We kiss until my lips are swollen, vascular
and pink in the rearview mirror, the Twenty Mile Bend a dark, open palm
outside my windshield. We hunker inside my Camry like Eskimoes
huddled in an igloo, encapsulated in our own ecosystem – humidity
at our hairlines, your tongue in circles on my neck like thumbprints
in the dirt, your fingertips on my spine, illuminating each vertebrae
individually, the only light to be found on this road, where the canals
run like arteries on either side, the skeletons of power plants
bare, the shuttered darkness like a layer of topsoil
on my car. We are nothing but organic,
a layer of the earth – crust, core, mantle – the stars, then my breasts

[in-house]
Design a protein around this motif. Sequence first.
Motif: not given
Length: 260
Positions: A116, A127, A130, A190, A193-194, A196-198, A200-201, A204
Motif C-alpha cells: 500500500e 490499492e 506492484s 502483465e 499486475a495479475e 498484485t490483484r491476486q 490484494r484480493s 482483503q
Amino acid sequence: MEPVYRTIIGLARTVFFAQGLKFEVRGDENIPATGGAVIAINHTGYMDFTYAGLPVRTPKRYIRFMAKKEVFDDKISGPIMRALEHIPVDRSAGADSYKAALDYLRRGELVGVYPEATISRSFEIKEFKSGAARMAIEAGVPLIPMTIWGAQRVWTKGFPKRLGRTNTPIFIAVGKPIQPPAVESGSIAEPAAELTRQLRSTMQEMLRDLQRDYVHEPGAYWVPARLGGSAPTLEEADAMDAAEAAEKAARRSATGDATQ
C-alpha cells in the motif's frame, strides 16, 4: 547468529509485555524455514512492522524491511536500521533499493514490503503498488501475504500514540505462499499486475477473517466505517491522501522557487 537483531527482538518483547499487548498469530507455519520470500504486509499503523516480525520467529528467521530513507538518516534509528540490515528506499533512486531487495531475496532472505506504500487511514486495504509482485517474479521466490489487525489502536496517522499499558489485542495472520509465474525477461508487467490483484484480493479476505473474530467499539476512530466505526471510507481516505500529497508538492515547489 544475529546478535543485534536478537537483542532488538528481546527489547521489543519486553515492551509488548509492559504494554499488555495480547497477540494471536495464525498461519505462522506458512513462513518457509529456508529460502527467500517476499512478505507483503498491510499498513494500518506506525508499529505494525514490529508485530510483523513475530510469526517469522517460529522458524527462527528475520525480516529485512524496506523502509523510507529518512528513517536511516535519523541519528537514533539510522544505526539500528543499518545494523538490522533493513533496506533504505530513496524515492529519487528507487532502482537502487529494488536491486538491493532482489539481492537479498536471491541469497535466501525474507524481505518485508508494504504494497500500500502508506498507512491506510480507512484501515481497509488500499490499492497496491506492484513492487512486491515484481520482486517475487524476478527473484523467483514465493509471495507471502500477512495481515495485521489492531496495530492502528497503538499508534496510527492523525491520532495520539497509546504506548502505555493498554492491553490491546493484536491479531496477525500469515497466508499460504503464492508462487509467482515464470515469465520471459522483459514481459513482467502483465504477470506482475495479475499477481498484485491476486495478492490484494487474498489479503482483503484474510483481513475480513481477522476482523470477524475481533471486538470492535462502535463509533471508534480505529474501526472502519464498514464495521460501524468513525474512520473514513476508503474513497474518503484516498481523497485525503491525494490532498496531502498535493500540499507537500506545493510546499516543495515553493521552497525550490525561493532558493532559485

pressed to your chest, my thighs around your hips, magma
against silicate, as one element conforms to the other,
our motion back and forth like plates on the surface of the Earth, that chisel
and sway against one another.


Amanda Leal is a 27 year-old poet from Lake Worth, FL. Her work has been featured or will be featured in upcoming issues of Homology Lit, Beyond Words Literary Magazine, Utterance Journal, Sky Island Journal, and others.
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